This paper from the Harvard Business School documents the dangers of goal setting. Every manager of people should read it. Here are some conclusions you’ll find there:

While influenced by a goal, we’re more prone to risky behavior, short-term thinking, unethical methods, lying, and cheating.

If we hit the goal, we tend to relax. If we don’t hit the goal, we feel shame, which reduces our ability to learn from any mistakes we made while pursuing the goal.

Goals distract us from important long-term aims, and encourage competition in the workplace, destroying cooperation and fostering resentment between departments.

Goals are an extrinsic motivator that, if used enough, will eventually replace intrinsic motivation. Goal setting leads to a culture of overjustification – everybody needing an incentive in order to be motivated to do anything, which increases costs to the company while turning employees into mercenaries.

What about setting goals for ourselves? Take a common example: weight loss. How many times have you seen people set a goal for themselves to lose weight? Say 10% of your body weight, or some number, like 10 pounds. And how long does it last? This is a great example of how goals without a method can lead to short-term behavioral changes that aren’t sustainable.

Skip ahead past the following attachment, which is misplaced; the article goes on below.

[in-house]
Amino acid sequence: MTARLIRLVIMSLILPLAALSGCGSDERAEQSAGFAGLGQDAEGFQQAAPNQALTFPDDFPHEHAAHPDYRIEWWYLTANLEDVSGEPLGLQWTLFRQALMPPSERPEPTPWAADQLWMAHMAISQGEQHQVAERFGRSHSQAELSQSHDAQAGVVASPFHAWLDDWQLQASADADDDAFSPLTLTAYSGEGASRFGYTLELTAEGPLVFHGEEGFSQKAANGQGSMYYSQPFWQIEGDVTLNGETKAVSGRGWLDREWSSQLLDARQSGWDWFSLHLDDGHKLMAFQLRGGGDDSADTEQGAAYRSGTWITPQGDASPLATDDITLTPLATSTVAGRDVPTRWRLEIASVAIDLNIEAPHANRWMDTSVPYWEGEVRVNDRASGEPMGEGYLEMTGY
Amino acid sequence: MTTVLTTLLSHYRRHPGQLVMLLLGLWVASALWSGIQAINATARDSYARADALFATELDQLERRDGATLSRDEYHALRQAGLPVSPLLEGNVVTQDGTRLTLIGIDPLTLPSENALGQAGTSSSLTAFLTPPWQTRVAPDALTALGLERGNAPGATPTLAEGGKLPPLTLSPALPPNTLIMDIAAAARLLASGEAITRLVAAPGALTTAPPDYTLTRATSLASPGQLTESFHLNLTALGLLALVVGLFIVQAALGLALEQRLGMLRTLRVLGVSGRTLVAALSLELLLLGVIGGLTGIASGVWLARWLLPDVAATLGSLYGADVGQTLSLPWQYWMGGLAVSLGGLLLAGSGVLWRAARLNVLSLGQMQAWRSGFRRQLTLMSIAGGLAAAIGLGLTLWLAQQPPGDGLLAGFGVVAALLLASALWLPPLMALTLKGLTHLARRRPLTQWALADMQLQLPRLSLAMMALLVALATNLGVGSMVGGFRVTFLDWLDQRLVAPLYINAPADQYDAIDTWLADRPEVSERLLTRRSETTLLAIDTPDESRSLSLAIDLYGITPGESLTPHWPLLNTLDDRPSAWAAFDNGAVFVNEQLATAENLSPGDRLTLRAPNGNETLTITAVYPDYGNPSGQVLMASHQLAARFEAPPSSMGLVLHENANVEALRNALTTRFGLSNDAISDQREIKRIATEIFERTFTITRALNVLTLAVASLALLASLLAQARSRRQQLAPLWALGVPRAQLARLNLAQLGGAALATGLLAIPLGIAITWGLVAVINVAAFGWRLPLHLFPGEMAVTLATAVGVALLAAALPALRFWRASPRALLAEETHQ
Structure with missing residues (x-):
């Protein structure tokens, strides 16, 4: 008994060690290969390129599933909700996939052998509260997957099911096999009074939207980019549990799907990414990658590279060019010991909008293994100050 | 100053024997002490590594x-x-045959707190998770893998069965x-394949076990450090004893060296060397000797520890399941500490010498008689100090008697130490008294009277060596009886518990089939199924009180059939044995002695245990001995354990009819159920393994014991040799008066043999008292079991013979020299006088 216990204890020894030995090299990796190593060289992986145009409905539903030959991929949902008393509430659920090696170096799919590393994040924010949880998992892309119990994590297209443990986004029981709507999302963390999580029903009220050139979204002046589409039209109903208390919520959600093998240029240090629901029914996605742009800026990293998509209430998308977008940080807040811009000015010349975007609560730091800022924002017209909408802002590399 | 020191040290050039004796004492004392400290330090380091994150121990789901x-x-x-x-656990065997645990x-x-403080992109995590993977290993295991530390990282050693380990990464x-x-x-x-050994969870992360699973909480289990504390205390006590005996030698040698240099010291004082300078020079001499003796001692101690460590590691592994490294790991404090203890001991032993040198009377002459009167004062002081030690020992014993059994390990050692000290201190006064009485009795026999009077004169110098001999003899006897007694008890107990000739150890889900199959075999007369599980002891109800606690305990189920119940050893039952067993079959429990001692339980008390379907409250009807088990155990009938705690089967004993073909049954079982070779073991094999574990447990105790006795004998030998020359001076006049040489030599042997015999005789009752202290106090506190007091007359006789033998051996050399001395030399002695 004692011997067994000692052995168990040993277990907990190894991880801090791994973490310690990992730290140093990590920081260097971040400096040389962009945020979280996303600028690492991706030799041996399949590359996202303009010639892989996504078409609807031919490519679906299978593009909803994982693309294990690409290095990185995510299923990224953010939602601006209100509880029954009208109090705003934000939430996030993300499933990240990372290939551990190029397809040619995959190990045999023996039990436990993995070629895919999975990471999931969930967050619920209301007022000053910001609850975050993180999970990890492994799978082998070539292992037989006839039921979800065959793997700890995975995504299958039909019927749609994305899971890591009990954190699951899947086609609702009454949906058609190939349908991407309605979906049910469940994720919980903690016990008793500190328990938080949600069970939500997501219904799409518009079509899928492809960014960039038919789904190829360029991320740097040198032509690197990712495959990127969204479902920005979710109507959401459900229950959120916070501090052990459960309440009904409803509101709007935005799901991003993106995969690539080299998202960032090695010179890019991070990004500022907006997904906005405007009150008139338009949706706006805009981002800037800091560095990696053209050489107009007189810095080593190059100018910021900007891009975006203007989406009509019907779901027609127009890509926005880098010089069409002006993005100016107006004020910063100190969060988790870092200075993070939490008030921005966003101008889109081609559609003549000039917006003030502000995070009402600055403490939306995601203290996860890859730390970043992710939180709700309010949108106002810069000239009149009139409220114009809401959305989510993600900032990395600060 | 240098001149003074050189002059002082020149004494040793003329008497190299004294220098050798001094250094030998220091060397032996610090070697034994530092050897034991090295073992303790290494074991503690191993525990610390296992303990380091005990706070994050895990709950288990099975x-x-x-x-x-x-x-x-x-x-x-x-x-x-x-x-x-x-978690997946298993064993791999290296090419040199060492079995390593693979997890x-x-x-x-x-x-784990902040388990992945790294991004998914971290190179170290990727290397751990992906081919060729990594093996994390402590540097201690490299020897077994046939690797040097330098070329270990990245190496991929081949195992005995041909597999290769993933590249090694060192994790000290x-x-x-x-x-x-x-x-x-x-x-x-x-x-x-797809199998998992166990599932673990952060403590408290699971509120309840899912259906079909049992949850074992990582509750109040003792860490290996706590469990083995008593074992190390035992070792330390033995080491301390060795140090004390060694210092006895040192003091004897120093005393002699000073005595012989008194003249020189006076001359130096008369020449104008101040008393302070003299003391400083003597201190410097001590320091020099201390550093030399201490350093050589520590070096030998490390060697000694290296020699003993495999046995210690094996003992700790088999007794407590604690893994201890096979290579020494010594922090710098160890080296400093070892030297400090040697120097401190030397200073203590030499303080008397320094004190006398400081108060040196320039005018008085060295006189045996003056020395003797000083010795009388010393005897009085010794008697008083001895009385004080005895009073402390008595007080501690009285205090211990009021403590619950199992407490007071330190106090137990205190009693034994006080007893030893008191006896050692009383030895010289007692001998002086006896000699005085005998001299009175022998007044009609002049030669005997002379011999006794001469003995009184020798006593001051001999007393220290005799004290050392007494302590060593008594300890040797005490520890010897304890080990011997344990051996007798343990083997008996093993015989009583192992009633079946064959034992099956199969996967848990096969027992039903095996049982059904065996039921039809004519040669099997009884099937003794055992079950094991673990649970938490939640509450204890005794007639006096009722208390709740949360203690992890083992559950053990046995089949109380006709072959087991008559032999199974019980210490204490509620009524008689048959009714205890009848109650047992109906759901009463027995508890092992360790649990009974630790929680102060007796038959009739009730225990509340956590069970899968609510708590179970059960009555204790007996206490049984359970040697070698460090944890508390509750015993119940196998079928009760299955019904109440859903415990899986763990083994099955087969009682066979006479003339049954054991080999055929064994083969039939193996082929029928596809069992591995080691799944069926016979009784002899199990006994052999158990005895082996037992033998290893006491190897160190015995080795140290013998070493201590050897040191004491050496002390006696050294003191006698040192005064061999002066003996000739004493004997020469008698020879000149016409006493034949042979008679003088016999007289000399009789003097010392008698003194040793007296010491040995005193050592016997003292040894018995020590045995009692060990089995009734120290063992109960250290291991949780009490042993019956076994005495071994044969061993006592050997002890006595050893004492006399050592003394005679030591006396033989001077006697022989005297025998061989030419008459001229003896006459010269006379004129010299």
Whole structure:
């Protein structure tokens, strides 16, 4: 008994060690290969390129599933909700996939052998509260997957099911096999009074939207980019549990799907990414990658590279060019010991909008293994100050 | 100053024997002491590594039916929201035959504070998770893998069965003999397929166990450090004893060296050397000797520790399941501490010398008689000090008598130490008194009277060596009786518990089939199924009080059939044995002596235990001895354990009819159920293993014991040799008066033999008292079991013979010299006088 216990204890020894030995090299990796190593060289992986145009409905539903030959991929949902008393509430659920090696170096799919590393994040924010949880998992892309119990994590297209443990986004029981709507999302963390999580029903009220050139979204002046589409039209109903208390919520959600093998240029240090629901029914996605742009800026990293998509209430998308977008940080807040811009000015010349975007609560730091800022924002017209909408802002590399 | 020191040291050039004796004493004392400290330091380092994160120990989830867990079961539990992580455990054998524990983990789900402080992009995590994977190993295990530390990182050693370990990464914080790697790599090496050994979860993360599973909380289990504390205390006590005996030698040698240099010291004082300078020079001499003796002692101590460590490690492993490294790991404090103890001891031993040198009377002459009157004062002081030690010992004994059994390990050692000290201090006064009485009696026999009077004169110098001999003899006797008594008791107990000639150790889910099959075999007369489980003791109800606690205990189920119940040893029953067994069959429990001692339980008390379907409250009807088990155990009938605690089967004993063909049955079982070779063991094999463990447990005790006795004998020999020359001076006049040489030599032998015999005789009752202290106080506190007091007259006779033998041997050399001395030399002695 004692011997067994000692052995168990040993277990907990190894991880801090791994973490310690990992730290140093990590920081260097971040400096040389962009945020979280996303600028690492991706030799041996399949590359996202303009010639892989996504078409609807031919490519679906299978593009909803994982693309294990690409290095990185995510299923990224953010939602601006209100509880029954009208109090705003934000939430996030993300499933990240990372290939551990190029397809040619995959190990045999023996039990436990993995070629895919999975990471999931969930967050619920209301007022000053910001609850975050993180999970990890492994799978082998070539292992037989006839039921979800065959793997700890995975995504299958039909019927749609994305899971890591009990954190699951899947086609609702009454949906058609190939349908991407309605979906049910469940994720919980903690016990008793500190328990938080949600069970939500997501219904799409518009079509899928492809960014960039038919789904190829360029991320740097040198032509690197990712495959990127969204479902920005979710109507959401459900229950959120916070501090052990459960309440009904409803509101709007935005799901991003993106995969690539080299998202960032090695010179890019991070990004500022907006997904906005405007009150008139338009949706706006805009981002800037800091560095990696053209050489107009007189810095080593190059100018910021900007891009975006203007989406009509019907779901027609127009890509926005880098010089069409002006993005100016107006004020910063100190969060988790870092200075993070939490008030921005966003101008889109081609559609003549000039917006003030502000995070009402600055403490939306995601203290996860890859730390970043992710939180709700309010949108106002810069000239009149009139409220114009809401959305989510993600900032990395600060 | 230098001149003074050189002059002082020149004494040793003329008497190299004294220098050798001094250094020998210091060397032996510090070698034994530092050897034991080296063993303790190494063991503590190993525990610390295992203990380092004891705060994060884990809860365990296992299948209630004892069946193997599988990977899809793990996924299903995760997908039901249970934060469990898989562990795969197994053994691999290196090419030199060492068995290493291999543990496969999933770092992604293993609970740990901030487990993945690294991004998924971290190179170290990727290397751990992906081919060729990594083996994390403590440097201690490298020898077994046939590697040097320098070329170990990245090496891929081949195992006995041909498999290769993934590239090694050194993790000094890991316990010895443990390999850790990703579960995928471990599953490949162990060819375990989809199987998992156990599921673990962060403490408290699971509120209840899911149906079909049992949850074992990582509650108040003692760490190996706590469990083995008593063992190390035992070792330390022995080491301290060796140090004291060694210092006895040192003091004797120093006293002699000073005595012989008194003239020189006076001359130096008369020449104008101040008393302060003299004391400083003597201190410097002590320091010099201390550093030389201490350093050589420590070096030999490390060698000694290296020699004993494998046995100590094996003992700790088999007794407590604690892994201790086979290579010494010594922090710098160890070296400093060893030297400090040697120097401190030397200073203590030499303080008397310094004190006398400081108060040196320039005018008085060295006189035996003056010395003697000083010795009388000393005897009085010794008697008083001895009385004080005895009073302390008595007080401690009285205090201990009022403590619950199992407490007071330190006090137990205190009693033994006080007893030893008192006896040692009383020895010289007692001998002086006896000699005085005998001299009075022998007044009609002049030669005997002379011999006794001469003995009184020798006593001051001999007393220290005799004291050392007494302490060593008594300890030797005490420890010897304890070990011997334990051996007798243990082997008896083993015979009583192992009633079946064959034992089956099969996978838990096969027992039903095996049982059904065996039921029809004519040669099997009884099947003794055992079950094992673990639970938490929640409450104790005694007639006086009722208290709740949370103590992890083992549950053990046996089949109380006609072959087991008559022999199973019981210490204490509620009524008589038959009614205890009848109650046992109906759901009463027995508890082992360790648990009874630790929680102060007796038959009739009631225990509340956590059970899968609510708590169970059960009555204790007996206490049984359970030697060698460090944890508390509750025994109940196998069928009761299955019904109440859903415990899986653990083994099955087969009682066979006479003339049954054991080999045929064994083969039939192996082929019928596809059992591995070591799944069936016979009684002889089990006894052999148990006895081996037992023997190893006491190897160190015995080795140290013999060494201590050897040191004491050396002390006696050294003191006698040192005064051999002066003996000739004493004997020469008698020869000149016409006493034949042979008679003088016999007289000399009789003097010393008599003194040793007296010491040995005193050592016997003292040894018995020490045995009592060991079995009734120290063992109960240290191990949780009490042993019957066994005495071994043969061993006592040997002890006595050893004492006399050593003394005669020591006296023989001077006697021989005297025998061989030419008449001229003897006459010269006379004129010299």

Rather than setting a goal for losing 10 pounds, a more sustainable approach would be to set an aim to live a healthy lifestyle, then study health, nutrition, exercise, etc. and come up with a method for accomplishing your aim. A goal is just a number without any method of accomplishing it. By studying health, you’ll gain the knowledge you need to predictably change your life. And as you faithfully execute your method, you’ll see results.

Think for a minute about the difference between an aim and a goal. One sets a direction, the other sets a destination. Very different. However, just having an aim is not enough. You must determine a method for accomplishing the aim, otherwise you’re just a dreamer. In a company setting, management is responsible for providing these methods. Holding people accountable for numerical targets without giving them a method is abdicating that responsibility.

Goal setting can wreak havoc on companies (the article referenced above provides a bunch of examples). Numerical goals include quotas, targets, “stretch goals”, dates, and so on. Often we see companies that try to optimize each department’s output by giving each of them numerical goals. Sales has a quota. Marketing has a target for number of leads. Engineering gets a date for delivering a feature. This is not how you optimize the whole system; indeed this destroys the system as every department selfishly chases their own goals, without thinking of the longer term consequences or the impact on others in the organization. Everyone is pulling in different directions in order to hit their goal.

Note that time-boxing is different than goal-setting. Sometimes you want to limit cost while you explore options, and you might give yourself or your team a certain amount of time for exploration. You’re not telling them what they have to deliver – they’ll deliver whatever they can to you in that time frame. But fixing both scope and time is a recipe for long-term disaster and short-term demoralization.